Pennsylvania-born singer, songwriter and pianist Vanessa Carlton returned to London after a thirteen-year absence in style, following a capacity show at North London’s Lexington earlier this month, she was back at the bigger Scala venue to wrap up her European tour in support of fifth studio album Liberman.
Probably, and unfortunately, still best known for her 2002 hit single A Thousand Miles from debut album Be Not Nobody, Carlton could have been written off as a one-hit wonder star. But Liberman, her freshest and most raw album to date proves that she’s come a long way since then and can easily leave her hit behind.
But she doesn’t, and instead kicks off her 14-song set with her biggest hit. Appearing on stage behind a Yamaha electric piano and accompanied by multi-instrumentalist Skye Steele on keys, guitar and violin she says “okay, let’s get this out of the way”, allowing her to focus on why she’s here and why we should all really be here. But the screams from the crowd are still rife for A Thousand Miles, regardless of how dully she plays it, the song very obviously a chore for Carlton to plough through.
“Let us begin” she says dryly, with a smile now spreading across her face as she gets to play what she really wants to, with 2011’s Rabbits On The Run namesake track Carousel kicking off her true set, this stripped back rendition on piano and violin gently lulling the North London crowd.
With the 35-year-old suggesting that the pair would play Liberman material in the order it appears on the record, album opener Take It Easy was next up, Steele dipping into his synths to provide a beat to accompany some dramatically reverberated violins.
Taking sips from a teacup Carlton joked “make no mistake, there’s white wine in this teacup” to cheers, “it’s the last show of the tour folks!” Taking some time out to delve into the history of next song Willows she said that it was “very much about the weeping willow trees of Pennsylvania” she grew up around before delving into the new relationship she has with her mother since becoming a mother herself and setting up her own nest in Nashville.
Introducing Liberman track House Of Seven Swords, Carlton digressed into a lengthy monologue about how she met Skye Steele and he transitioned from a classical violinist into a multi-instrumentalist and then onto how House Of Seven Swords related to a tarot card she had found around the time of her brother Edmund’s college graduation.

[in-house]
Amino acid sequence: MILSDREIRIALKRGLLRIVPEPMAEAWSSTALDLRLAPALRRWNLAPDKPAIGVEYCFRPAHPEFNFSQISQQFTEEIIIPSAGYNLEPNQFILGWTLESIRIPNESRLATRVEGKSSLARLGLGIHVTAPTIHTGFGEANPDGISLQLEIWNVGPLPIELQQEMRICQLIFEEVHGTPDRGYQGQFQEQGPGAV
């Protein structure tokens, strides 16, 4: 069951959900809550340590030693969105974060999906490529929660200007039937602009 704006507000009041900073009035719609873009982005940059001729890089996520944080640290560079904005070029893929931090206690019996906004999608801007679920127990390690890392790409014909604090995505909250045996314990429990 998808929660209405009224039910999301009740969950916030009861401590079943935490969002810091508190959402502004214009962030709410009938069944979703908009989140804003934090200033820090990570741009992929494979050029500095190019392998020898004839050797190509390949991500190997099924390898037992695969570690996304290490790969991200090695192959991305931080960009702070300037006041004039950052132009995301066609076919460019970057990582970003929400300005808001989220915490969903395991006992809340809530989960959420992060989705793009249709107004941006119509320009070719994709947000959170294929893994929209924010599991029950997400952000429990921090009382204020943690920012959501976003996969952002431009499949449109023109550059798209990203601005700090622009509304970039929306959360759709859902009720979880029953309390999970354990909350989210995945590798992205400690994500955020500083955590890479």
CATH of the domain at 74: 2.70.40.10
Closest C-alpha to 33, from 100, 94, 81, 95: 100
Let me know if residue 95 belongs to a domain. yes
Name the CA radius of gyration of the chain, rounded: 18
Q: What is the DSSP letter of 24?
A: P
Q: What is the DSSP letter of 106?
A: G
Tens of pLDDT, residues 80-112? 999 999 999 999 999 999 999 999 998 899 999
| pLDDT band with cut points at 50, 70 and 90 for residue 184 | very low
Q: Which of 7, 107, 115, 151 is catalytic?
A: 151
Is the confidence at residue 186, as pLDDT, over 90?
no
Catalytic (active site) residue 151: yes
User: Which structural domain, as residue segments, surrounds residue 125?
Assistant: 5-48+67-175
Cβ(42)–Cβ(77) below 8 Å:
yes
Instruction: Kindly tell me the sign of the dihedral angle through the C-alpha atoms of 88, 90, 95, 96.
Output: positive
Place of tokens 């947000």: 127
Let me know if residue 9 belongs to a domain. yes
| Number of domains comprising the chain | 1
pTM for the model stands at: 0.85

Single Operator followed, Carlton making use of a secondary microphone to emulate the sound of a telephone operator, Steele switching between operating synth drums and violin before another long monologue from the Pennsylvania native, where she discussed her maternal grandfather – real name Liberman – who had changed his ethnic-sounding name to make a success of his business in New York before retiring to his painting in later life, with Carlton’s favourite piece of his forming the stage backdrop.
Next up was stunning single Blue Pool, the water theme resonating from her delicate piano playing ahead of more guitar-driven Liberman cut Nothing Where Something Used To Be, Carlton’s piano adding depth before Steele once again added a sombreness to the tune with violin.
The story behind Unlock The Lock was told next, with Carlton’s inspiration stemming from a locks and keys-themed Bob Dylan-hosted radio show she caught while on holiday with her parents in the Arizona desert.
“Who’s ever drunk talking, I can hear you” she warned, highlighting the pin-drop silence required at tonight’s quiet and intimate show. “Everyone can hear you, please shut the fuck up” she continued, to laughs and cheers from the otherwise motionless audience.
River was described as the only song Carlton could play to calm down her baby daughter from who she was away from for an extended period for the first time to come to Europe for this tour. “Maybe you’re here out of curiosity or maybe you’ve been waiting every day for 13 years” she said, addressing her long absence from the London stage before breaking into the quiet Liberman cut.
Rabbits On The Run song Hear The Bells rounded out the main set before the night was closed out with a short encore of Liberman tune Matter Of Time and haunting Rabbits On The Run song The Marching Line.
Liberman, and even Rabbits On The Run which preceded it, are a million miles away from 2002’s Be Not Nobody and it’s hit single. Tonight’s show is refreshingly raw, the songs stripped-back even further from their delicate recorded versions but given a haunting depth courtesy of Steel’s additional instrumentation that makes the night work. This is a mature woman sat in front of us tonight, a mother herself and a far cry from the child that hit the spotlight all those years ago. And she’s worth your attention.
Tonight’s Scala show rounds out a European tour which started in London, touched on Bristol, Glasgow, Amsterdam, Brussels and Paris amongst others before closing out just a few hundred metres from where it began.
Live review of Vanessa Carlton @ Scala by Kalpesh Patel on 18th May 2016.
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